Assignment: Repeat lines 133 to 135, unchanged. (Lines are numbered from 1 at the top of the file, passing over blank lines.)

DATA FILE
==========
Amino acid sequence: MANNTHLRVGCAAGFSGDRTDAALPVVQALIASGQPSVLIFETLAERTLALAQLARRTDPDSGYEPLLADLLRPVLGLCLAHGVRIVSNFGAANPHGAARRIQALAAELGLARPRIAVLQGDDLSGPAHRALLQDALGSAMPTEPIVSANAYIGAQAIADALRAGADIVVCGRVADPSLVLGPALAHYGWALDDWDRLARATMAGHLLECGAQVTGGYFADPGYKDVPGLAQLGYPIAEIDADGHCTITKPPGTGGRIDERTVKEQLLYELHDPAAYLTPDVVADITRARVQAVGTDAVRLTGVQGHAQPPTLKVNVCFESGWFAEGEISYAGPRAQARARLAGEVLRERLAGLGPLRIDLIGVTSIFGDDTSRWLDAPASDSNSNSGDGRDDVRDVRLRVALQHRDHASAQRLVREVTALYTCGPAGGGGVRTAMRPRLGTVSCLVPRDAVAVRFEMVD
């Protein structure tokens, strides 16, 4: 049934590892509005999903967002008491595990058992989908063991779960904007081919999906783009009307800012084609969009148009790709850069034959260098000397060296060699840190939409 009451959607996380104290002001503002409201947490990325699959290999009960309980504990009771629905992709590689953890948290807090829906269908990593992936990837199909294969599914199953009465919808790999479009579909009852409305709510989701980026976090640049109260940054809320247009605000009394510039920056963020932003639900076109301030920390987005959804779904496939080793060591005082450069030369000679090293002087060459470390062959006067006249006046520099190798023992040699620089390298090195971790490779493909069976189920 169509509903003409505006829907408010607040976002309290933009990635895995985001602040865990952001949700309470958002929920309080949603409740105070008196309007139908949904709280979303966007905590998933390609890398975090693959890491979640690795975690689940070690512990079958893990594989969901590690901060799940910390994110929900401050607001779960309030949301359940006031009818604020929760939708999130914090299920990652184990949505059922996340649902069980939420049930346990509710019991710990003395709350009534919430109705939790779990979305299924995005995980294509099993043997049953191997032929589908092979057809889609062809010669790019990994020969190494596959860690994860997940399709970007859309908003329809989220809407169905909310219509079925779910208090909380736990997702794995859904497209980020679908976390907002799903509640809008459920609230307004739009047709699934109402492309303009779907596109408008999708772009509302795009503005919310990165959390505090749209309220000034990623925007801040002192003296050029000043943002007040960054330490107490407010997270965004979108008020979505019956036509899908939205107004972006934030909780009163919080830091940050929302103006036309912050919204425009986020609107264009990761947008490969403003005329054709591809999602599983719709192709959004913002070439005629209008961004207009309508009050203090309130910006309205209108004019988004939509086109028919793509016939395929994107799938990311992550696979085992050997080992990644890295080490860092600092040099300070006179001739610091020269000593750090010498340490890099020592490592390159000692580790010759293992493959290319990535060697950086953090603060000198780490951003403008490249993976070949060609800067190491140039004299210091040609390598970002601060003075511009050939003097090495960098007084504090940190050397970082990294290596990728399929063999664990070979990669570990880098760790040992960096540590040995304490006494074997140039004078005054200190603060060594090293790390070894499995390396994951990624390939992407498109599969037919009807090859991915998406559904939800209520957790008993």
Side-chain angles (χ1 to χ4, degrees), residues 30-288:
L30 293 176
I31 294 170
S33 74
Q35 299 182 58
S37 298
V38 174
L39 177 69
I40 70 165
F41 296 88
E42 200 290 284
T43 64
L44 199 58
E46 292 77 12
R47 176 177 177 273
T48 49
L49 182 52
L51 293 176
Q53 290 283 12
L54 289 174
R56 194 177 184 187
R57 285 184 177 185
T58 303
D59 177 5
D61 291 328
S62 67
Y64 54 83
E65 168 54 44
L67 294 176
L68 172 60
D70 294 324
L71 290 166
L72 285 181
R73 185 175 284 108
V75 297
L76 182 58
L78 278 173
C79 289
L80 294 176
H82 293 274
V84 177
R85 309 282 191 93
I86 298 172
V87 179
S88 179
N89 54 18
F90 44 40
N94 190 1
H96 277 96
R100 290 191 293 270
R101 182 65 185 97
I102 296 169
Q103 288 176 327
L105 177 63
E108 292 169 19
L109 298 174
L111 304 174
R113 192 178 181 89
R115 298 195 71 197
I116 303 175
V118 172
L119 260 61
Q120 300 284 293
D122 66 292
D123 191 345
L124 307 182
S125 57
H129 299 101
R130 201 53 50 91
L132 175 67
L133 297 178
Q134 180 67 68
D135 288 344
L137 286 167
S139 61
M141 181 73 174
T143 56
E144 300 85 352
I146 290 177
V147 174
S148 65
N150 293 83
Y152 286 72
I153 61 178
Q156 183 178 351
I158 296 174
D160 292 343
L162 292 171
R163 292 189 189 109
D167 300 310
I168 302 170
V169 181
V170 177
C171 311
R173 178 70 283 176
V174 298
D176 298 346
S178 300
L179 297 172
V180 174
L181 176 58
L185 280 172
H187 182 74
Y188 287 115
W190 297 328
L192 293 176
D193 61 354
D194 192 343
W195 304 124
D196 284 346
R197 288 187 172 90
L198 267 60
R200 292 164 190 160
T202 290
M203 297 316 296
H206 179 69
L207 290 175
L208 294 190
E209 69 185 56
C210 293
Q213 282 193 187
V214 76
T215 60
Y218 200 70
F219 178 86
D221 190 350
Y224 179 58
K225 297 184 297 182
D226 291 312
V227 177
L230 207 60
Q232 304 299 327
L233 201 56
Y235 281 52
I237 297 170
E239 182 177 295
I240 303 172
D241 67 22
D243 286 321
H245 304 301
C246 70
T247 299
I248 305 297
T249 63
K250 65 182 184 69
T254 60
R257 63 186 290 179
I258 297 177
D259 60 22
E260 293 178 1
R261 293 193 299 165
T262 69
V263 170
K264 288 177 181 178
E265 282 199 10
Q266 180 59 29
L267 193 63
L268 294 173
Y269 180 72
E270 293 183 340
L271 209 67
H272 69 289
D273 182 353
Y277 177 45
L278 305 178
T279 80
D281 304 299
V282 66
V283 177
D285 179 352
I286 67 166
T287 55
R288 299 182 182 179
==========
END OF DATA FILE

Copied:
L230 207 60
Q232 304 299 327
L233 201 56